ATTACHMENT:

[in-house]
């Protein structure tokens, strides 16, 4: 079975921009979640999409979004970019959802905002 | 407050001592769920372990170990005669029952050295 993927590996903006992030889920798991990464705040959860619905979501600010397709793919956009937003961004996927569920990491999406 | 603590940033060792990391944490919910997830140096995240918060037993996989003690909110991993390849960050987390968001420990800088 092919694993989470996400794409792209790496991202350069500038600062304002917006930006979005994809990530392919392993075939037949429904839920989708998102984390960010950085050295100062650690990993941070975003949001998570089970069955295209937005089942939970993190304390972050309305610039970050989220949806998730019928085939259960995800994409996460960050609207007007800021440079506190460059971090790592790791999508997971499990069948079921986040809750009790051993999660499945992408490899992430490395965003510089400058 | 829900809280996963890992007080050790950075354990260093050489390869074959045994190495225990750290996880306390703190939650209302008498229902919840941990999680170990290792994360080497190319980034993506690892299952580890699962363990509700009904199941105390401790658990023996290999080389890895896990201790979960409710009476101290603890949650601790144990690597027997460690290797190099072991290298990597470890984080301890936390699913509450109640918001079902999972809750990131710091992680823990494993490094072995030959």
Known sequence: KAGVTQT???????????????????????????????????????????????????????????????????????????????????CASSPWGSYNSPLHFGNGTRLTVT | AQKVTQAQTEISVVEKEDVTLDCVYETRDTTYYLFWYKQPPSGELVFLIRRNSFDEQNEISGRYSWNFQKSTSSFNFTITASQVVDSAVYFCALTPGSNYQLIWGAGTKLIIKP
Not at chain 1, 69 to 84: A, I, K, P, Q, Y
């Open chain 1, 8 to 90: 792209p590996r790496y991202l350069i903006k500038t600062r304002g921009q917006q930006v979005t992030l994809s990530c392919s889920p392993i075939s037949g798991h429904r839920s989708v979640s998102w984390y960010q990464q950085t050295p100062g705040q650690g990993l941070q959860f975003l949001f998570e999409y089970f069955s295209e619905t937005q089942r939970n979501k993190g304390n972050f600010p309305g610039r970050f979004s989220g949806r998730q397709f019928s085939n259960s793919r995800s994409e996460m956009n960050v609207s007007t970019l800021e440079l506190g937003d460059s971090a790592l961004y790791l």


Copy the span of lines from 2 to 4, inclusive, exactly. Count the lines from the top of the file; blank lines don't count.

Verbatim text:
């Protein structure tokens, strides 16, 4: 079975921009979640999409979004970019959802905002 | 407050001592769920372990170990005669029952050295 993927590996903006992030889920798991990464705040959860619905979501600010397709793919956009937003961004996927569920990491999406 | 603590940033060792990391944490919910997830140096995240918060037993996989003690909110991993390849960050987390968001420990800088 092919694993989470996400794409792209790496991202350069500038600062304002917006930006979005994809990530392919392993075939037949429904839920989708998102984390960010950085050295100062650690990993941070975003949001998570089970069955295209937005089942939970993190304390972050309305610039970050989220949806998730019928085939259960995800994409996460960050609207007007800021440079506190460059971090790592790791999508997971499990069948079921986040809750009790051993999660499945992408490899992430490395965003510089400058 | 829900809280996963890992007080050790950075354990260093050489390869074959045994190495225990750290996880306390703190939650209302008498229902919840941990999680170990290792994360080497190319980034993506690892299952580890699962363990509700009904199941105390401790658990023996290999080389890895896990201790979960409710009476101290603890949650601790144990690597027997460690290797190099072991290298990597470890984080301890936390699913509450109640918001079902999972809750990131710091992680823990494993490094072995030959």
Known sequence: KAGVTQT???????????????????????????????????????????????????????????????????????????????????CASSPWGSYNSPLHFGNGTRLTVT | AQKVTQAQTEISVVEKEDVTLDCVYETRDTTYYLFWYKQPPSGELVFLIRRNSFDEQNEISGRYSWNFQKSTSSFNFTITASQVVDSAVYFCALTPGSNYQLIWGAGTKLIIKP
Not at chain 1, 69 to 84: A, I, K, P, Q, Y